Sonoma State University could purchase property for employee housing

The "Follow This Story" feature will notify you when any articles related to this story are posted.

When you follow a story, the next time a related article is published — it could be days, weeks or months — you'll receive an email informing you of the update.

If you no longer want to follow a story, click the "Unfollow" link on that story. There's also an "Unfollow" link in every email notification we send you.

This tool is available only to subscribers; please make sure you're logged in if you want to follow a story.

Please note: This feature is available only to subscribers; make sure you're logged in if you want to follow a story.


Sonoma State University employees could see nearly 100 affordable housing units available for rent near campus next year as part of a broader effort to attract talent and house half of its students by 2040.

SSU President Judy Sakaki next month will present to the California State University Board of Trustees a proposal to purchase a multi-million dollar property to primarily house entry-level employees.

“I’m hopeful that they will approve and help us secure more workforce housing,” Sakaki said at a Press Democrat Editorial Board meeting Wednesday. “In the long term, this would help us maintain the quality of the campus and its workforce.”

The university already is in negotiations to purchase the property currently being built about 20 to 30 minutes from the Rohnert Park campus, SSU spokesman Paul Gullixson said. The exact size, location or cost of the employee housing project was not disclosed.

If approved by CSU trustees, the project would be financed with a bond that would be paid back with rent, Gullixson said.

About 1 in 5 job candidates offered a position at the university turned it down because of high housing costs, Sakaki said, and last year’s destructive firestorm that destroyed thousands of homes, including hers, only exacerbated the housing crisis.

She said the university explored several options for additional employee and student housing, including working with the Housing Land Trust of Sonoma County to secure homes for some employees.

Currently, SSU owns 10 townhomes for employees to rent within walking distance of campus, just off of East Cotati Avenue. The university hired 18 new faculty members this school year, and Sakaki said for many access to the townhomes was one of the reasons they came. Some even chose to reduce housing costs by sharing a townhome with their colleagues.

But it’s not nearly enough to meet housing demands, Sakaki said.

Another option considered for employee housing was property owned by the university east of Petaluma Hill Road, but it’s zoned for agricultural use. The process of changing zoning and building house on the property could take at least five years, Sakaki said.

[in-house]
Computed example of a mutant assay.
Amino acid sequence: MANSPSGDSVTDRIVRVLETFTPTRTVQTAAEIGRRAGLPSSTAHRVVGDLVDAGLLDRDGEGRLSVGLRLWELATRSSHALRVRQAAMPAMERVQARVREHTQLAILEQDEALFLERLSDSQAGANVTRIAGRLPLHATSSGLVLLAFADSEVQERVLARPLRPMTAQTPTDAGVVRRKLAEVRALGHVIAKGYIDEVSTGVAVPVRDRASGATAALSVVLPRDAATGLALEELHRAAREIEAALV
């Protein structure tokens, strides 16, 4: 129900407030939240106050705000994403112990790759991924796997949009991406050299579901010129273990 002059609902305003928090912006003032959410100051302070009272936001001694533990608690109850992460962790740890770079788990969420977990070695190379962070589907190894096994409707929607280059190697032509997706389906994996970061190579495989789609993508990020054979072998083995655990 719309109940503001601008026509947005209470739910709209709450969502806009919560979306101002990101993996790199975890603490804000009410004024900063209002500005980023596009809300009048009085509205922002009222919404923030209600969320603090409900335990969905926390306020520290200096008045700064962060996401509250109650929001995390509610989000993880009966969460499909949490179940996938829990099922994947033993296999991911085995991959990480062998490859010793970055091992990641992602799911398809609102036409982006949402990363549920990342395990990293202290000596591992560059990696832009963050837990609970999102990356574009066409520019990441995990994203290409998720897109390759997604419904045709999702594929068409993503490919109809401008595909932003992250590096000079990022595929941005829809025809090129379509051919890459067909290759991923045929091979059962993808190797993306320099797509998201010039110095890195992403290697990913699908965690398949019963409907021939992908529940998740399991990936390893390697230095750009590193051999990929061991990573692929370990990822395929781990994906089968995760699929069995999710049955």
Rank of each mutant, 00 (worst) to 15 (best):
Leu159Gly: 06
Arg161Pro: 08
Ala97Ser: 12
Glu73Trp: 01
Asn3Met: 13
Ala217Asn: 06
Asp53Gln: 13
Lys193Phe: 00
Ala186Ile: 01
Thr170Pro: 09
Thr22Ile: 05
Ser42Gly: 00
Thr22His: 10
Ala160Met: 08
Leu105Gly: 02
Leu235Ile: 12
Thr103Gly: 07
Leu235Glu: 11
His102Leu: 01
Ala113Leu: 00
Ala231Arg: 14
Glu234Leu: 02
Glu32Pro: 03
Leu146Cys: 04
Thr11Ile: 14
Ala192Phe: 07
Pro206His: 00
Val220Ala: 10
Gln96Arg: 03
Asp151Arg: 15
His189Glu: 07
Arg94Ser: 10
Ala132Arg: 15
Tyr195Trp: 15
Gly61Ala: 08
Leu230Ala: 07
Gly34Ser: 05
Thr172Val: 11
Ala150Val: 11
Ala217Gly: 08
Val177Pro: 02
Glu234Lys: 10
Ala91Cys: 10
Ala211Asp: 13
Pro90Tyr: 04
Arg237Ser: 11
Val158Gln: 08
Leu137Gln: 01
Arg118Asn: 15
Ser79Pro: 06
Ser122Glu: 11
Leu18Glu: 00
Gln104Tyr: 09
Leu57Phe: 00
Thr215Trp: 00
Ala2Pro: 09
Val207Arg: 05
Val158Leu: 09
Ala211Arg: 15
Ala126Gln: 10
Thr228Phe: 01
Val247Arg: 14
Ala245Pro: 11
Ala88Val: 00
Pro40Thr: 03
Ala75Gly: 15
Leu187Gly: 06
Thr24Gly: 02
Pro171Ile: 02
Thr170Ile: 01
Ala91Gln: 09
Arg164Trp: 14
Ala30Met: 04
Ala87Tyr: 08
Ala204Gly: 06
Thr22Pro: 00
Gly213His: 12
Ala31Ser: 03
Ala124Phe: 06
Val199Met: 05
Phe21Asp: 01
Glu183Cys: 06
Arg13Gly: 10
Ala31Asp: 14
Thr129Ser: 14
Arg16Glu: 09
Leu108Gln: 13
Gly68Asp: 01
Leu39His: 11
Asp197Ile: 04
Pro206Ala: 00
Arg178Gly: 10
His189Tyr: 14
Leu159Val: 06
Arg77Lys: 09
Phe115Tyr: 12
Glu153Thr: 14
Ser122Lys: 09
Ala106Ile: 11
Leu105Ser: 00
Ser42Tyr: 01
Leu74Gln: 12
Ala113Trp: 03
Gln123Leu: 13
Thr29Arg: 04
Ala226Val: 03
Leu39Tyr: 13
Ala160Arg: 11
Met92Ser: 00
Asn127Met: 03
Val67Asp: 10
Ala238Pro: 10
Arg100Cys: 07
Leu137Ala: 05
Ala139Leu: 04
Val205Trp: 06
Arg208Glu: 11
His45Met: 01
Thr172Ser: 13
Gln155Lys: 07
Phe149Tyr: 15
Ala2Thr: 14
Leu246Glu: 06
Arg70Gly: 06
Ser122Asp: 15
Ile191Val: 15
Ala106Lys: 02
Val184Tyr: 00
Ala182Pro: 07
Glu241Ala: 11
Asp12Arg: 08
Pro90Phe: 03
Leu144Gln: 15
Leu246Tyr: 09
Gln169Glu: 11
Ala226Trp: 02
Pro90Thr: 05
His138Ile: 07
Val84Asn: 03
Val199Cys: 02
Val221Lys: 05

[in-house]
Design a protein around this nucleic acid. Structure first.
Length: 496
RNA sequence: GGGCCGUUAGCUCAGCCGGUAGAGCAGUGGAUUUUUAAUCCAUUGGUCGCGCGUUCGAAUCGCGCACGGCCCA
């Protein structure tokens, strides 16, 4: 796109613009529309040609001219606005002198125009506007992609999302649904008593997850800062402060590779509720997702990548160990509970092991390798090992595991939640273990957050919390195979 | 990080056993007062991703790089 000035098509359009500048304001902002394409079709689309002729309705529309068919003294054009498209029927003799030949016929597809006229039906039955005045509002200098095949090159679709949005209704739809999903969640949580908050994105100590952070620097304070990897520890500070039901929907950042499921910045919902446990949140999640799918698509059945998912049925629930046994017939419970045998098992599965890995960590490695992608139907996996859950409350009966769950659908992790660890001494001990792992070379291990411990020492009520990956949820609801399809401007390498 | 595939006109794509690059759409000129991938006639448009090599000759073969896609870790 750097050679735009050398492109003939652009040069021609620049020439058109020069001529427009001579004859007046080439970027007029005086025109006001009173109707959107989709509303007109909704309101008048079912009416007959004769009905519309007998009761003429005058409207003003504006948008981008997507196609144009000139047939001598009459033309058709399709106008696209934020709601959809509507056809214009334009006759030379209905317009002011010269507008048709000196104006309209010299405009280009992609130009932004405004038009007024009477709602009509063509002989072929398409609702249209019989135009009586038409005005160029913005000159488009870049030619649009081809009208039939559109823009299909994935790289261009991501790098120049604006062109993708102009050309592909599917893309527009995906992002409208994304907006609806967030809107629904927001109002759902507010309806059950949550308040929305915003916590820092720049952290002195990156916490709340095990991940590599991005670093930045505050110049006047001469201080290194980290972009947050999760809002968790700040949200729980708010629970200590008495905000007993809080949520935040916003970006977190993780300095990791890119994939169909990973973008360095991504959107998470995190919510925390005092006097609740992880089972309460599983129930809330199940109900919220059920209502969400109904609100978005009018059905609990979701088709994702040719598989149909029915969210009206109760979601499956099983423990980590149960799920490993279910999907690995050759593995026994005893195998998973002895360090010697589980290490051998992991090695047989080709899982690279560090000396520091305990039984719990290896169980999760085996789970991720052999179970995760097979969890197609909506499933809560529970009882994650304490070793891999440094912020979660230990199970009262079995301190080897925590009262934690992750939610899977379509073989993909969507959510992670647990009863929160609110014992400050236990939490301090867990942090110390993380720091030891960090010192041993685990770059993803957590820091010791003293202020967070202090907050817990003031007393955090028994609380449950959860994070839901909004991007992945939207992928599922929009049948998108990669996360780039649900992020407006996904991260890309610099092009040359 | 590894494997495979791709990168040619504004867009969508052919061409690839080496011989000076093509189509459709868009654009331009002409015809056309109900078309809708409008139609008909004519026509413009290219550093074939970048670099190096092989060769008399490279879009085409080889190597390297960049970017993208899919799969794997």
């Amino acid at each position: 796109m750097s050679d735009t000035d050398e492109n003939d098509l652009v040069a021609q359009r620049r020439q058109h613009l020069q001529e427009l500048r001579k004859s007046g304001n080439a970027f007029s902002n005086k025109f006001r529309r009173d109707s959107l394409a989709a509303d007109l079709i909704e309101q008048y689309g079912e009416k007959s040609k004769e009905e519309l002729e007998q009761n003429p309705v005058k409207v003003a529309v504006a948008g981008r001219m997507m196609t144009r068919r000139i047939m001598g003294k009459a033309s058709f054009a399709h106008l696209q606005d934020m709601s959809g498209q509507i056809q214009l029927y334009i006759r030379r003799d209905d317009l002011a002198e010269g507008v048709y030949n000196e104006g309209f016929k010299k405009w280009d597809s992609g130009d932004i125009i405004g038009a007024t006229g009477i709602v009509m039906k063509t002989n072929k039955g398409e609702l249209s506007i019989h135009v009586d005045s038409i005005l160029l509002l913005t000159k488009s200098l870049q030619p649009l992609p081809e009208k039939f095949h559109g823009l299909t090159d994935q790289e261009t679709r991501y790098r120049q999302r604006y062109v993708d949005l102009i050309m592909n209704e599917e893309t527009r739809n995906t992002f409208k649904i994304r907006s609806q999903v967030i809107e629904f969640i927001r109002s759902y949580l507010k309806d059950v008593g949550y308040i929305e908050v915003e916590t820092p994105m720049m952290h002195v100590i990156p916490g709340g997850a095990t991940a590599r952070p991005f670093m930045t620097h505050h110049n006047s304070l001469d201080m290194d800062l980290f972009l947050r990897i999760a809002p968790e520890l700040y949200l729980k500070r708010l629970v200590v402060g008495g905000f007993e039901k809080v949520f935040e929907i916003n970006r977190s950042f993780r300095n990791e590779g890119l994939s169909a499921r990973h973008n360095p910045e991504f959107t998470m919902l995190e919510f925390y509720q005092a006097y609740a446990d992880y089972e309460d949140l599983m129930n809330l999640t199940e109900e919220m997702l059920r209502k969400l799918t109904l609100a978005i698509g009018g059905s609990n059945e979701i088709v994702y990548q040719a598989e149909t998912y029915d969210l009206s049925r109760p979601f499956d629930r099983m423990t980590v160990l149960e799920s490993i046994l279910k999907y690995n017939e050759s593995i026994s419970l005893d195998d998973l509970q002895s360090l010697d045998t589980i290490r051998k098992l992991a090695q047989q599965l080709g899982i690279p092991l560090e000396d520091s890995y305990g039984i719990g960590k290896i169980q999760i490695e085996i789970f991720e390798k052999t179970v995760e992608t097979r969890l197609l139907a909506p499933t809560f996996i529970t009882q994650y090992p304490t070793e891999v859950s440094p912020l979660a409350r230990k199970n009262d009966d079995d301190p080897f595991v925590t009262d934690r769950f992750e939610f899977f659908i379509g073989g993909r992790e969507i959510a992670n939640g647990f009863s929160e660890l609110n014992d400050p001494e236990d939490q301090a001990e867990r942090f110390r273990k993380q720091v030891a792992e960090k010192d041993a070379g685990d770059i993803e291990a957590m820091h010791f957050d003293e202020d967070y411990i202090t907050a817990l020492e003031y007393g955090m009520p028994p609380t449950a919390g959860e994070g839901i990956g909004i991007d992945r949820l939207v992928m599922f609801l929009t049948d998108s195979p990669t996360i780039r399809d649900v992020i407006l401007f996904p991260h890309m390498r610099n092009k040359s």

“We don’t have that time. It will change the nature and basis of the university if we’re not able to bring the talent that we want,” she said. “We’re feeling some urgency around it.”

Sakaki also envisions more students living on campus in the future. About 30 percent of the university’s 9,300 students live in residential suites and apartments on the west and southeast sides of campus.

Her goal is to have half of all students living on campus by 2040.

The first phase of that plan is to build 400 to 600 dormitories for freshmen near the Zinfandel Village suites, possibly by 2020.

Currently, 98 percent of the 3,200 on-campus housing units are occupied, the majority by freshmen. Average on-campus housing costs are $13,200 annually, which includes a meal plan.

“We want to keep it very affordable,” Sakaki said. “If (students) don’t have a comfortable, affordable place to live, then they’re not really going to be able to really focus on their studies.”

Additional freshman dorms would allow more transfer students to move into the existing apartments and suites, Sakaki said.

The university hasn’t had new student housing built since the fall of 2009, with the completion of Tuscany Village, a community of 1,500-square-foot townhomes that share a pool with the Beaujolais Village.

This fall was the first time Sonoma State guaranteed on-campus housing for any of its 1,793 freshmen, as long as they applied by April. The vast majority — 1,611 freshmen — came from out of Sonoma County.

The housing proposals come at a time when major housing developments are forging ahead in Rohnert Park. The University District, north of the campus, ultimately will have 1,645 single-family units, with 300 homes expected to be completed by the end of the year. Just south of Rohnert Park Expressway, San Francisco-based Laulima Development is proposing to build by 2020 a 32-acre mixed-use development that includes 415 housing units.

“By creating more housing on campus, we then free up housing in the community for others.” Gullixson said.

You can reach Staff Writer Susan Minichiello at 707-521-5216 or On Twitter @susanmini.

Show Comment

Our Network

The Press Democrat
Petaluma Argus Courier
North Bay Business Journal
Sonoma Magazine
Bite Club Eats
La Prensa Sonoma
Emerald Report
Spirited Magazine